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Thailand’s Prime Minister Doubles Down on Media Censorship

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Thailand’s Prime Minister has has doubled down on news media censorship telling authorities to take no chances over scrutiny of broadcast and online content. News media content that could be deemed to violate his emergency decree. Prime Minister Prayut Chan-o-cha’s move came on the day the Criminal Court ordered that Voice TV’s online content to be blocked.

Speaking to reporters after a meeting of his cabinet, Gen Prayut he ordered authorities to respect the freedom of the press. But on the other hand take legal action against news media outlets that spread false information and fake news that violated other people’s rights. He didn’t elaborate on the news media outlets or the alleged violations.

“We are duty-bound to protect the country and eliminate ill-intentioned actions. Intentions aimed at creating chaos and conflict in the country,” Gen Prayut declared.

He did pay tribute to pro-government media outlets who had played a crucial role in creating constructive change in society. Saying those who conducted their work impartially had made a substantial contribution to the country.

Violating Press Freedom in Thailand

Several local media outlets warned the government on Monday not to violate the freedom of the press. Especially after reports emerged that five online media organizations faced legal action for breaching his emergency decree.

They included the National Press Council of Thailand; the News Broadcasting Council of Thailand; the Thai Journalists Association; the Thai Broadcast Journalists Association; Online News Providers Association and the National Union of Journalists Thailand.

The groups spoke out after the leaking of an order issued by the government’s joint Centre for the Resolution of the Emergency Situation (CRES) for the National Broadcasting and Telecommunications Commission (NBTC) and the Digital Economy and Society (DES) Ministry.

That order followed an examination of news media content deemed to be a threat to national security.

The order said: “It appears there are television broadcasts of content deemed to threaten national security or good morals by presenting certain content from Voice TV, Prachatai.com, The Reporters, The Standard and also the Free Youth movement.”

Blocking Telegram messaging app

According to the Bangkok Post the government is also said to have been planning to block the Telegram messaging app. Anti-government protesters flocked Telegram App after police moved to shut down Facebook accounts.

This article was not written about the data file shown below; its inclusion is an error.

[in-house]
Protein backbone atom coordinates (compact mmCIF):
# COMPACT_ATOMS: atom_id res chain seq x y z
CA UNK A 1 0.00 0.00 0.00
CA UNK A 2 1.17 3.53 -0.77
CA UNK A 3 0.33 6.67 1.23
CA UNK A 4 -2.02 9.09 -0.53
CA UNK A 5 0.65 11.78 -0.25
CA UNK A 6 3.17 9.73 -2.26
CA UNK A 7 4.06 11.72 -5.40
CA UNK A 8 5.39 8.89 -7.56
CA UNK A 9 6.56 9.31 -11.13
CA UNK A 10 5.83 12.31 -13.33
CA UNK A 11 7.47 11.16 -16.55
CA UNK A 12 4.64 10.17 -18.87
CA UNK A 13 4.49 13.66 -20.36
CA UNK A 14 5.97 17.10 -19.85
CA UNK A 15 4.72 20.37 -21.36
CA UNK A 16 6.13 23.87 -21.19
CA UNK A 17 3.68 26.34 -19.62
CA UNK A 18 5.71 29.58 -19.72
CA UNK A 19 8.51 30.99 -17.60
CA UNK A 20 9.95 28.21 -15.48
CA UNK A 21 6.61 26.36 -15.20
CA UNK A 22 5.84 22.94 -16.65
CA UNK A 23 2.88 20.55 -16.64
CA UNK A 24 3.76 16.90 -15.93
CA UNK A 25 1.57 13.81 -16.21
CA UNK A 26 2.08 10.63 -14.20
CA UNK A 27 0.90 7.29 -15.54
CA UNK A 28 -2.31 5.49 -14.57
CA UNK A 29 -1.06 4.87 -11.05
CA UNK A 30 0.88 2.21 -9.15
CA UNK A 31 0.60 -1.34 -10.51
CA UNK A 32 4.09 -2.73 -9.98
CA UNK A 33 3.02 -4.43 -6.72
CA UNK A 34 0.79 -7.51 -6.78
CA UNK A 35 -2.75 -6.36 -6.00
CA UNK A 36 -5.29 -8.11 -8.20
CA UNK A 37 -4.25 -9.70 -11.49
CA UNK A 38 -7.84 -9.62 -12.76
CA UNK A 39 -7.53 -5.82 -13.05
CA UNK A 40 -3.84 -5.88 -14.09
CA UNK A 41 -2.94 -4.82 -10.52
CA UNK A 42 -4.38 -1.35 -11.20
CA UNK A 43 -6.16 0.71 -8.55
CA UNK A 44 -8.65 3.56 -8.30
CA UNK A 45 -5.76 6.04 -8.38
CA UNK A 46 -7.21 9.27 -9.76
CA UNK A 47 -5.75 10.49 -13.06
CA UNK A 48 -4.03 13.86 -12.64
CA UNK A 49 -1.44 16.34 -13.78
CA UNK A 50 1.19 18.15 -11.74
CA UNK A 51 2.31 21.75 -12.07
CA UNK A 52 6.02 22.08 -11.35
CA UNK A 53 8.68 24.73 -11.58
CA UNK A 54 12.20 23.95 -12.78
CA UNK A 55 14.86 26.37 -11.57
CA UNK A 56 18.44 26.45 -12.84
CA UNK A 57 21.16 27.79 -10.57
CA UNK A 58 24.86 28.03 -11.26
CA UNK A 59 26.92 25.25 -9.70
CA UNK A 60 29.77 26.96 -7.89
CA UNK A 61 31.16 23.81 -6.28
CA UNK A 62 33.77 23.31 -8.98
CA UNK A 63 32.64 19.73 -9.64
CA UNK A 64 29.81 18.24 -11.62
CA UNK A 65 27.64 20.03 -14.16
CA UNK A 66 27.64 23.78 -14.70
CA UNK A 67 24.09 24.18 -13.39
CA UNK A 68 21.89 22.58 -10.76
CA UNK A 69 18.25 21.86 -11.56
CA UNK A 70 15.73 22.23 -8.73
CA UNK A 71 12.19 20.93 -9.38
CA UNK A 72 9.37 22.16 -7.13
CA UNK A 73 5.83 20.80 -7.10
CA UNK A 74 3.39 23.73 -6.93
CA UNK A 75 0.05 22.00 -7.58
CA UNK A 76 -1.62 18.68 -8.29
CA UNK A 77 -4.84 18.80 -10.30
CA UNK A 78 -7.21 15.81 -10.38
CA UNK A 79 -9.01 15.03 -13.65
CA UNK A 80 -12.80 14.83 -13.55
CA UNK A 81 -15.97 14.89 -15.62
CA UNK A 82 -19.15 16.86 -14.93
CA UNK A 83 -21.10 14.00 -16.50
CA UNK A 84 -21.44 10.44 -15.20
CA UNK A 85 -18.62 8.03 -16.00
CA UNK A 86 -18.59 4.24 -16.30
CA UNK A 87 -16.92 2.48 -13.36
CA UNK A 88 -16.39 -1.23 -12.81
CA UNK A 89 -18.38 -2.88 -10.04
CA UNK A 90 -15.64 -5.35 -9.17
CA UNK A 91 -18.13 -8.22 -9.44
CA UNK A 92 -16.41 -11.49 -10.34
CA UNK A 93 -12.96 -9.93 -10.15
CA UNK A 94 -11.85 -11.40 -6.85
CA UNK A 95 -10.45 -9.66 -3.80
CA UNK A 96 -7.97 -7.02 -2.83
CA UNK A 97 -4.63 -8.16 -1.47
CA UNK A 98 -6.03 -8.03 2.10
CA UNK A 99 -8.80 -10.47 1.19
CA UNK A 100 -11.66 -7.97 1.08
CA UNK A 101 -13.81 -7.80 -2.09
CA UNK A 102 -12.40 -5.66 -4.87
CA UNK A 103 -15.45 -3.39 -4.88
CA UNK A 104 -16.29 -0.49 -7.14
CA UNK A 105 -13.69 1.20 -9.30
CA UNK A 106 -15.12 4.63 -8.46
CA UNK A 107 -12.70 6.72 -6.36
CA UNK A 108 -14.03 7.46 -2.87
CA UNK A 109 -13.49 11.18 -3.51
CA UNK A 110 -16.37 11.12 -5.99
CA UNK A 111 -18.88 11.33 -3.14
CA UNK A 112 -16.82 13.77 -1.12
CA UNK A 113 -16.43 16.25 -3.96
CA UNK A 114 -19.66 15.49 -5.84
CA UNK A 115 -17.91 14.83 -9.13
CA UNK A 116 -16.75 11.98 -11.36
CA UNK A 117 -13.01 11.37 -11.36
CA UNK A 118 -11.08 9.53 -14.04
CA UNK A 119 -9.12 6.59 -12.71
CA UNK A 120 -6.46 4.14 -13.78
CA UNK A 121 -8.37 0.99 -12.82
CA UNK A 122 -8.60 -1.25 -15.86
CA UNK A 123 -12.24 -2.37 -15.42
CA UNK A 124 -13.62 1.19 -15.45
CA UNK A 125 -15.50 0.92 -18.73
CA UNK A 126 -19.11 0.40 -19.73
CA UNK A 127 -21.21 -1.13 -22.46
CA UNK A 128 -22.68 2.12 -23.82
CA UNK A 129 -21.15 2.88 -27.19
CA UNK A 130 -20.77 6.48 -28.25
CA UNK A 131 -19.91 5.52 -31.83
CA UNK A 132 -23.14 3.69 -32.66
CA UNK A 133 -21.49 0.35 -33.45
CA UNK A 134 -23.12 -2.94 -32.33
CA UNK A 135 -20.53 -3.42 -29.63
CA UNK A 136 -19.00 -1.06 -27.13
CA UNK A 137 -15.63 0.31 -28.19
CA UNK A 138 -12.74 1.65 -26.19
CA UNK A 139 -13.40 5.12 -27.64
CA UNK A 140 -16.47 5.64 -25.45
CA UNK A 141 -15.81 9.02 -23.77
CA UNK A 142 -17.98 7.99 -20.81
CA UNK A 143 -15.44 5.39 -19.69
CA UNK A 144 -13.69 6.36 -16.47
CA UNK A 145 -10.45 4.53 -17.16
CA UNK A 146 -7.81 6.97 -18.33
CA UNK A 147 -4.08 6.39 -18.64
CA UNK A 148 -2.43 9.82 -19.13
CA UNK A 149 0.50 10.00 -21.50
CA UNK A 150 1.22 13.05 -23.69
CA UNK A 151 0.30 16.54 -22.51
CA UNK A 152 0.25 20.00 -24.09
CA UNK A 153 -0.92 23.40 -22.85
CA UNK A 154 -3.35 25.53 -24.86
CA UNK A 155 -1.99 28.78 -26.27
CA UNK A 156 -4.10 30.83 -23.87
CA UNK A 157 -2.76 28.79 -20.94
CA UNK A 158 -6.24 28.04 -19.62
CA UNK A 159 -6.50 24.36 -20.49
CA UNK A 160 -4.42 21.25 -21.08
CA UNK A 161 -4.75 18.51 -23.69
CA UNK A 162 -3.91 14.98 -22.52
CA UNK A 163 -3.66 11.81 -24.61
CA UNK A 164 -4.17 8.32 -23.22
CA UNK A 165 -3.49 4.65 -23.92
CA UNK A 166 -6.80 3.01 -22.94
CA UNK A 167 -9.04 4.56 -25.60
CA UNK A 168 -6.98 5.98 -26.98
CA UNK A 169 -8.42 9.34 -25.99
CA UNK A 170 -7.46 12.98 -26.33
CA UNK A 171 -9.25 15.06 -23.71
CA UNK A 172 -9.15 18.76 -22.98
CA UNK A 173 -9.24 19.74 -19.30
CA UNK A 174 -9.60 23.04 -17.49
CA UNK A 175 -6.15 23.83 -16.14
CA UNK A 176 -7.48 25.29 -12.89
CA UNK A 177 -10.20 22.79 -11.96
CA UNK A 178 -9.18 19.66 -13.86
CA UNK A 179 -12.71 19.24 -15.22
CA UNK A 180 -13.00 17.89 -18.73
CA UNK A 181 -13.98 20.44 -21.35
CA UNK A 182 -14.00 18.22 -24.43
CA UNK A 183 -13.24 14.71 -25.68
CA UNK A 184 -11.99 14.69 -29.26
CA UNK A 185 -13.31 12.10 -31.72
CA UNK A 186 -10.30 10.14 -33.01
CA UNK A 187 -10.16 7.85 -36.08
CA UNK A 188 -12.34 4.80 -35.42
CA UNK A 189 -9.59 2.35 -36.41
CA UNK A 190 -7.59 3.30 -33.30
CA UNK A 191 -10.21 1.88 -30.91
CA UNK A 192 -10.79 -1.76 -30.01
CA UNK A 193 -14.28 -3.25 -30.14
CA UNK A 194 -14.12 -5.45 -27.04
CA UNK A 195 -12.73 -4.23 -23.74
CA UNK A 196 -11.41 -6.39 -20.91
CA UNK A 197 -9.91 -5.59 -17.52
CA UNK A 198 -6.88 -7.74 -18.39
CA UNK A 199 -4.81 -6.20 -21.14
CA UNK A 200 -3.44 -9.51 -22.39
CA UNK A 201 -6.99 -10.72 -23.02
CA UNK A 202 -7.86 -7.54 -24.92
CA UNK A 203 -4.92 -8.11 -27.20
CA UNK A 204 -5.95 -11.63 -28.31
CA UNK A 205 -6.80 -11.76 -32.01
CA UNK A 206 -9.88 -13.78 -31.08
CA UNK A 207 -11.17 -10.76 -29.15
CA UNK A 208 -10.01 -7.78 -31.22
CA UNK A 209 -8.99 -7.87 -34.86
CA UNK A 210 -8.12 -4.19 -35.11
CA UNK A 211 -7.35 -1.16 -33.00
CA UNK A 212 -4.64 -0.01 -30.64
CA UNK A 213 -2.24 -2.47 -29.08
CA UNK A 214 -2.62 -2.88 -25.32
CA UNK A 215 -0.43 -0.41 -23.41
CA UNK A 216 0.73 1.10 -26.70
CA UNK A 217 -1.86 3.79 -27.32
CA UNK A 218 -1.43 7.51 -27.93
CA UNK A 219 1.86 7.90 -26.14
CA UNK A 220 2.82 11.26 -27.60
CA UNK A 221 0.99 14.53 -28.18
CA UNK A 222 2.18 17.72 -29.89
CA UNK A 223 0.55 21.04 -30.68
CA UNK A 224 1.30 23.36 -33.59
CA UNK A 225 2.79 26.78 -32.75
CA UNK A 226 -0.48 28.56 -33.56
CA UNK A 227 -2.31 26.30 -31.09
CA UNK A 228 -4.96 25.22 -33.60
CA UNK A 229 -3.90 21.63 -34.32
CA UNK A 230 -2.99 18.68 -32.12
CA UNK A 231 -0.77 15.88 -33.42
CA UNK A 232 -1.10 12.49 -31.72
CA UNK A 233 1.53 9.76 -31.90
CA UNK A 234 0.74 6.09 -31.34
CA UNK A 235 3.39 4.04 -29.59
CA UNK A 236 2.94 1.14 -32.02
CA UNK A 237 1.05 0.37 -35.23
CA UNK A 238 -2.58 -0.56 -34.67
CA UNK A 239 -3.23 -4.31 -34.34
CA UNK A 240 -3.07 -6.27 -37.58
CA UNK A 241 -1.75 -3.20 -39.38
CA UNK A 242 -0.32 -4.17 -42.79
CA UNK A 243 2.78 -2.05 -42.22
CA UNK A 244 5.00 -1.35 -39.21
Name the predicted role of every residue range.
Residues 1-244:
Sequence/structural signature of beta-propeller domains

The Criminal Court on Tuesday ordered the blockage of all of Voice TV’s online content as requested by the DES Ministry. According to the ministry deputy permanent secretary, Putchapong Nodthaisong, that content was not blocked immediately after the court order. However, because DES representatives first need to explain to the court today precisely how it plans to block the content.

The court has yet to issue orders for the other four news outlets mentioned in the leaked order: Prachatai.com; The Reporters; The Standard; and the Free Youth movement.

Voice TV, a multi-platform news network owned by the family of former prime ministers Thaksin and Yingluck Shinawatra, broadcasts on satellite TV. Also on a website, Facebook and YouTube.

Silencing News Media in Thailand

Mr Putchapong said the ministry found the news outlet had posted false information in violation of the Computer Crime Act and Gen.Prayut’s emergency decree. Stating that ruling cannot be appealed.

Voice TV CEO Mekin Petchplai later released a statement saying he had yet to see the order. He also said the station would continue operating in the meantime.

Even more he insisted Voice TV had conducted its work ethically. Voice TV never publishing any distorted information that could have created misunderstandings. Even more they never undermined national security or public order.

While Voice TV’s websites — or certain programs — can be blocked immediately by local ISPs and mobile phone operators, it remains to be seen whether Facebook and YouTube will comply with the order to block the contentious content, and if so, when.

Blocking something in social media, however, is easier said than done. Because of the ease of opening a new account and the proliferation of virtual private networks. VPN’s mask the internet protocol (IP) address of a user, also rendering online actions virtually untraceable.

Mr Putchapong admitted Voice TV could simply open new Facebook or YouTube accounts to circumvent the ban.

However, he also warned that if they continued to spread fake news they would be closed again.

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